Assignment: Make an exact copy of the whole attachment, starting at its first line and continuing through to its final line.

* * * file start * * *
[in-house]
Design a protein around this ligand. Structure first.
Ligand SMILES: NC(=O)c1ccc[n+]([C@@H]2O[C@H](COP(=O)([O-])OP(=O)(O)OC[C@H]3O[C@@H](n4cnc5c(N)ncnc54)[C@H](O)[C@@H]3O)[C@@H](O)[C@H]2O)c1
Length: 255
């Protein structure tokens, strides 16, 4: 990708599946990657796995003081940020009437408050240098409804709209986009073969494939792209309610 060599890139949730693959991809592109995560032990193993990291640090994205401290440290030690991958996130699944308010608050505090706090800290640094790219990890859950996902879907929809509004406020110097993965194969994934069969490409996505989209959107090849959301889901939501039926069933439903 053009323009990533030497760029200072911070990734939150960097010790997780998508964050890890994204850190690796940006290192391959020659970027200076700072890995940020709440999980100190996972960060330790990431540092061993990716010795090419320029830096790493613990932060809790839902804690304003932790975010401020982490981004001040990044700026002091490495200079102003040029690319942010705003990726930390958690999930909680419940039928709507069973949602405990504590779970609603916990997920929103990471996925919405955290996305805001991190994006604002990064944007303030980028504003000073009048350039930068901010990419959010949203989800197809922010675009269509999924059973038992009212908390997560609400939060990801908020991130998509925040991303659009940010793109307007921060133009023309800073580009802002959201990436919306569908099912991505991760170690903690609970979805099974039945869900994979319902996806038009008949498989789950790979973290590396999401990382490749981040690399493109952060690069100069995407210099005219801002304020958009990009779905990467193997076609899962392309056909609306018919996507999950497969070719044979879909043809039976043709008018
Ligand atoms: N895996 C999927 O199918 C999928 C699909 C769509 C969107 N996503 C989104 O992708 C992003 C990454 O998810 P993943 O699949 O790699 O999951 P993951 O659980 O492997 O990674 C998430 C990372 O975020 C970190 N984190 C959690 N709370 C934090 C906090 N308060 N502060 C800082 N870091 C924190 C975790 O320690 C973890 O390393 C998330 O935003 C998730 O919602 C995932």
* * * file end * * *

[in-house]
Design a protein around this ligand. Structure first.
Ligand SMILES: NC(=O)c1ccc[n+]([C@@H]2O[C@H](COP(=O)([O-])OP(=O)(O)OC[C@H]3O[C@@H](n4cnc5c(N)ncnc54)[C@H](O)[C@@H]3O)[C@@H](O)[C@H]2O)c1
Length: 255
């Protein structure tokens, strides 16, 4: 990708599946990657796995003081940020009437408050240098409804709209986009073969494939792209309610 060599890139949730693959991809592109995560032990193993990291640090994205401290440290030690991958996130699944308010608050505090706090800290640094790219990890859950996902879907929809509004406020110097993965194969994934069969490409996505989209959107090849959301889901939501039926069933439903 053009323009990533030497760029200072911070990734939150960097010790997780998508964050890890994204850190690796940006290192391959020659970027200076700072890995940020709440999980100190996972960060330790990431540092061993990716010795090419320029830096790493613990932060809790839902804690304003932790975010401020982490981004001040990044700026002091490495200079102003040029690319942010705003990726930390958690999930909680419940039928709507069973949602405990504590779970609603916990997920929103990471996925919405955290996305805001991190994006604002990064944007303030980028504003000073009048350039930068901010990419959010949203989800197809922010675009269509999924059973038992009212908390997560609400939060990801908020991130998509925040991303659009940010793109307007921060133009023309800073580009802002959201990436919306569908099912991505991760170690903690609970979805099974039945869900994979319902996806038009008949498989789950790979973290590396999401990382490749981040690399493109952060690069100069995407210099005219801002304020958009990009779905990467193997076609899962392309056909609306018919996507999950497969070719044979879909043809039976043709008018
Ligand atoms: N895996 C999927 O199918 C999928 C699909 C769509 C969107 N996503 C989104 O992708 C992003 C990454 O998810 P993943 O699949 O790699 O999951 P993951 O659980 O492997 O990674 C998430 C990372 O975020 C970190 N984190 C959690 N709370 C934090 C906090 N308060 N502060 C800082 N870091 C924190 C975790 O320690 C973890 O390393 C998330 O935003 C998730 O919602 C995932």